Nationals right-handed reliever Tyler Clippard has been named the team’s representative to the all-star game July 12 in Arizona.
“Pretty shocking, pretty awesome,” he said moments after learning of his selection.
Clippard, 26, is 1-0 with a 1.96 ERA in 37 appearances this season. He has 57 strikeouts and 15 walks in 46 innings. Opponents are batting .162 against him.
He broke into the majors as a starter for the New York Yankees in 2007 but was demoted to a reliever after starting only two games for Washington in 2008.
“It’s tough to put into words because of the process that it’s taken to get to this point in my career, the hard work and all the people who have helped me out,” he said. “It’s still early on in my career, and I’ve got a long way to go. I have a lot more goals that I want to accomplish, but this is a cool little one on your hat. I’m excited.”
General manager Mike Rizzo informed the team of Clippard’s accomplishment during a pre-game meeting at 11:45. Clippard spoke to reporters before he had a chance to contact even his family.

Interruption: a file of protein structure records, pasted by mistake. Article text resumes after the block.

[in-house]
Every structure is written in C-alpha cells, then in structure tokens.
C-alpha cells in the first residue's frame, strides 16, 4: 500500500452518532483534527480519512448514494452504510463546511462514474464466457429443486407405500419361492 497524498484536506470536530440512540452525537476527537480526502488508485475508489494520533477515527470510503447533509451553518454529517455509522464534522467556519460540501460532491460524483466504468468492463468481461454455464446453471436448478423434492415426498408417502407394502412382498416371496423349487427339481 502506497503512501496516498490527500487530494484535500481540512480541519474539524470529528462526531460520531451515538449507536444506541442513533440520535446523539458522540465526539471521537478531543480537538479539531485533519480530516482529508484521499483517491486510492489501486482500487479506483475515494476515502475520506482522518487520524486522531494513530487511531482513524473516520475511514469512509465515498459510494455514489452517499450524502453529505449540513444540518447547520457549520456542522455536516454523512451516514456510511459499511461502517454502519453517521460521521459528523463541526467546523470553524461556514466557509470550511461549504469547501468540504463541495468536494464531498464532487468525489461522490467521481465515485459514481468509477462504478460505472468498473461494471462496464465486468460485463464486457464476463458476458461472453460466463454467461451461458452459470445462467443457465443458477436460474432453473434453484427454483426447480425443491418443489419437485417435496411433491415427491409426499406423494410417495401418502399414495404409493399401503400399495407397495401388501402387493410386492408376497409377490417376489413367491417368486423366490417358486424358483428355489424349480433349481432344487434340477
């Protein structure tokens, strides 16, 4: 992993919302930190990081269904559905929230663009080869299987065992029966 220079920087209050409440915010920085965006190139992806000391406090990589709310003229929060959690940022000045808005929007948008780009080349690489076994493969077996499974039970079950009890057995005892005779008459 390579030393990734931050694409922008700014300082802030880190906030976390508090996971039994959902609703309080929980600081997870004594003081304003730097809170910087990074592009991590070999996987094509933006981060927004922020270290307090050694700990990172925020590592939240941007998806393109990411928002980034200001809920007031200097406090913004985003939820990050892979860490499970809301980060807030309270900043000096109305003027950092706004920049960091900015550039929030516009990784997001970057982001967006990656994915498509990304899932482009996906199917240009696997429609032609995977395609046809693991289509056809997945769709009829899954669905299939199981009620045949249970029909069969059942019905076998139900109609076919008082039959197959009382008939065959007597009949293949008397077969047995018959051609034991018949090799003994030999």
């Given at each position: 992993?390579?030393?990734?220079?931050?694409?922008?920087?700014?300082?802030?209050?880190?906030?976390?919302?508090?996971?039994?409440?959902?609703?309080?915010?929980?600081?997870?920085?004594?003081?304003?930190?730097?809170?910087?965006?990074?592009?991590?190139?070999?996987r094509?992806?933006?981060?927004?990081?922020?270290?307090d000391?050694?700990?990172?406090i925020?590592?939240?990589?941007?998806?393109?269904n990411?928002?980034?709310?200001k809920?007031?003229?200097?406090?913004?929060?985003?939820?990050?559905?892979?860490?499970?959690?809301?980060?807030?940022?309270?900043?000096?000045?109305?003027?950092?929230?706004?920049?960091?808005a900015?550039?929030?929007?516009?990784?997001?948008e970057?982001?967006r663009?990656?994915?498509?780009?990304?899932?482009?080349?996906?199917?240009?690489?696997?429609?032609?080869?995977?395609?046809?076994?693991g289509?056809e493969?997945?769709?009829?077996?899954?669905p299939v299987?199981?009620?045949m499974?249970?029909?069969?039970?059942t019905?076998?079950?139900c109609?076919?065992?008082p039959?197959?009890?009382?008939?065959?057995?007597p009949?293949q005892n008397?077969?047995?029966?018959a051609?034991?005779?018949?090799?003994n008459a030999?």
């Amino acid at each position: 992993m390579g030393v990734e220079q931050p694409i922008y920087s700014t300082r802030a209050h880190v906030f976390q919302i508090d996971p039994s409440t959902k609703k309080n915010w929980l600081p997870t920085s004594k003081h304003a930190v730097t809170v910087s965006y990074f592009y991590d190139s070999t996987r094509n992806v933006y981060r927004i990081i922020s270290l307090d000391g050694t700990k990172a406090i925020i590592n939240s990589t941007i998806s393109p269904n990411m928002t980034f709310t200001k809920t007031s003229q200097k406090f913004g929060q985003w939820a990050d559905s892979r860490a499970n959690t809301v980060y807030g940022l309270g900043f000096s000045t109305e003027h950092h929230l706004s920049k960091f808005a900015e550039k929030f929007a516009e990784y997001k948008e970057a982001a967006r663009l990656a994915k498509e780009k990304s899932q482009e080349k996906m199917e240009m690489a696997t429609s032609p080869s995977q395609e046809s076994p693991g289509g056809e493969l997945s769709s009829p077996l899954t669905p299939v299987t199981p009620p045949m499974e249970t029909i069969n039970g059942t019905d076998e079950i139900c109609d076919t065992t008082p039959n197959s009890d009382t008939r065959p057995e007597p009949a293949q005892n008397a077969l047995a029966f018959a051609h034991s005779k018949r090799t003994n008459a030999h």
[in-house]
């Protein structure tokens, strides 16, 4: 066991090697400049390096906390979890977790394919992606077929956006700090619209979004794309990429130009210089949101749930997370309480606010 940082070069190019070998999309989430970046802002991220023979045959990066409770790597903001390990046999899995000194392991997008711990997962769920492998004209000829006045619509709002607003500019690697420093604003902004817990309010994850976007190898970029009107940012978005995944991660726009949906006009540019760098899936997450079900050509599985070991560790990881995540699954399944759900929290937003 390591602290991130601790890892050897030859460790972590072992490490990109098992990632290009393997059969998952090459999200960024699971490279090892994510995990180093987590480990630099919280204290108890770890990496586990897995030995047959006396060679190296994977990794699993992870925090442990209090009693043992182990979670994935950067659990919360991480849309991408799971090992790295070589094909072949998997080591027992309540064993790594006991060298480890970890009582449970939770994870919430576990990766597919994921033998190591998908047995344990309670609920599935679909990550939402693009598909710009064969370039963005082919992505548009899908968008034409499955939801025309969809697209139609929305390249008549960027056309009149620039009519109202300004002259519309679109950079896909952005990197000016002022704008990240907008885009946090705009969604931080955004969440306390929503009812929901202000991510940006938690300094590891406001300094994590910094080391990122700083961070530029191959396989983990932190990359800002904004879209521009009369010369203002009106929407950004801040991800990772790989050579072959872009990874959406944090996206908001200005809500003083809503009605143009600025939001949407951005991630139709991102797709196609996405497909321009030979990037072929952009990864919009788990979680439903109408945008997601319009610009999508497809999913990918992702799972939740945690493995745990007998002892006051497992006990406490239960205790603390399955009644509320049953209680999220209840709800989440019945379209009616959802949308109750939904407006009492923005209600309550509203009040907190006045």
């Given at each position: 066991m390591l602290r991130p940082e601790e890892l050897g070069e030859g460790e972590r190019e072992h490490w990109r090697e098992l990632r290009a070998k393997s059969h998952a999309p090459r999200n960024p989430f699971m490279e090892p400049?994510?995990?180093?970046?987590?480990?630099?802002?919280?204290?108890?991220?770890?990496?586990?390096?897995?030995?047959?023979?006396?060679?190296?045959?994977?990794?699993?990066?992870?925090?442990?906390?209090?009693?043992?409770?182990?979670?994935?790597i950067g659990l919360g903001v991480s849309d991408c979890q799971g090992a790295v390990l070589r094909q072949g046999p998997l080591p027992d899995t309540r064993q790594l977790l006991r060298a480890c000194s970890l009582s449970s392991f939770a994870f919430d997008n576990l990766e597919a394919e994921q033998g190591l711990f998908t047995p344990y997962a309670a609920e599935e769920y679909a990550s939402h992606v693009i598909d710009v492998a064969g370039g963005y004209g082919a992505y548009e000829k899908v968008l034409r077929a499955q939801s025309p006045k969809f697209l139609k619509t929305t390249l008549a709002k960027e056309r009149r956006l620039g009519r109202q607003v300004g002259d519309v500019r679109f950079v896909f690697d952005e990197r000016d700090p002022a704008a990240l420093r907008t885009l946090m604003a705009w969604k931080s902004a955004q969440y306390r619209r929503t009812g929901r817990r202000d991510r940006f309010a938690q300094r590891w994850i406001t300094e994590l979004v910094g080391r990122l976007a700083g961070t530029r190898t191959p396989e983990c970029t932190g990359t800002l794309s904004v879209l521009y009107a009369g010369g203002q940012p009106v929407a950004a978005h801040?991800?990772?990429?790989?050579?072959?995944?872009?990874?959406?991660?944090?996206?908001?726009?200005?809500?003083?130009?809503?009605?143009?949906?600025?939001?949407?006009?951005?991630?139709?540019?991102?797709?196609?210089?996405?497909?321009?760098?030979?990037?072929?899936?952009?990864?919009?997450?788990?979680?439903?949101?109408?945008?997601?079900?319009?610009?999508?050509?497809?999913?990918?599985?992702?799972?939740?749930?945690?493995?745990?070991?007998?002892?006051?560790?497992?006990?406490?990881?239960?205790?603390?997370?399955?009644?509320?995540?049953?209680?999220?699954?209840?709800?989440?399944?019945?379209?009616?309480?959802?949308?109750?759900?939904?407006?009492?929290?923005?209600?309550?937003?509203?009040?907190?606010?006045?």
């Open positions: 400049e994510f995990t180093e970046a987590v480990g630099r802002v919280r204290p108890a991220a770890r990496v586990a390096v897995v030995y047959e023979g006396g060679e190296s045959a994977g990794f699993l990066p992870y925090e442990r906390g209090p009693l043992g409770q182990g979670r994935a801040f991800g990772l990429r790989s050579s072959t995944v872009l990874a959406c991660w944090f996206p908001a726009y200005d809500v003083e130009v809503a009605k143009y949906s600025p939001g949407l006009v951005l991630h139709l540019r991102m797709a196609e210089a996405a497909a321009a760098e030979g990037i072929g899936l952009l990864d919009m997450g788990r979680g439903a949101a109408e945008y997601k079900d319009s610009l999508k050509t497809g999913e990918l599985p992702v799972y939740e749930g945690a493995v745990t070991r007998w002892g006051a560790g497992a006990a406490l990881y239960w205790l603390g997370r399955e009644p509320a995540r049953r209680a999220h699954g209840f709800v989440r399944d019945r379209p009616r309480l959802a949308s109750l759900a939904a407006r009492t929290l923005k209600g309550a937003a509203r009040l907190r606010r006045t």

“I think that’s kind of a big part of the all-star thing for me; the experience is just to meet the other guys around the league, maybe get to pitch in the game,” he said. “All the extracurricular stuff that goes with it I think is going to be fantastic.”
Clippard’s only other all-star game was in Class-A ball with Tampa in 2005.
“I didn’t get to play in the game because they sent me down to low-A to pitch for a playoff-clinching game that I lost,” he said. “It was kind of a very weird dynamic that I was bitter about at the time. This is my second all-star team I ever made. Obviously this is the big leagues, so it’s a lot cooler.”
First baseman Michael Morse is a candidate to fill the final spot on the National League’s roster through the “Final Vote,” which is decided by fan voting on MLB.com.
Clippard said that he’d have Morse represent the Nationals if it were up to him.
“He’s been our best player all year long,” he said. “I think since May he’s probably been the best hitter in the big leagues. What he has proven to himself and to the league about what kind of player he is—this year and the end of last year, too—has been phenomenal.”
Please raise your hand if in 2009 you had Clippard, Joel Hanrahan and Aaron Crow being named to the all-star teams in 2011. Anyone?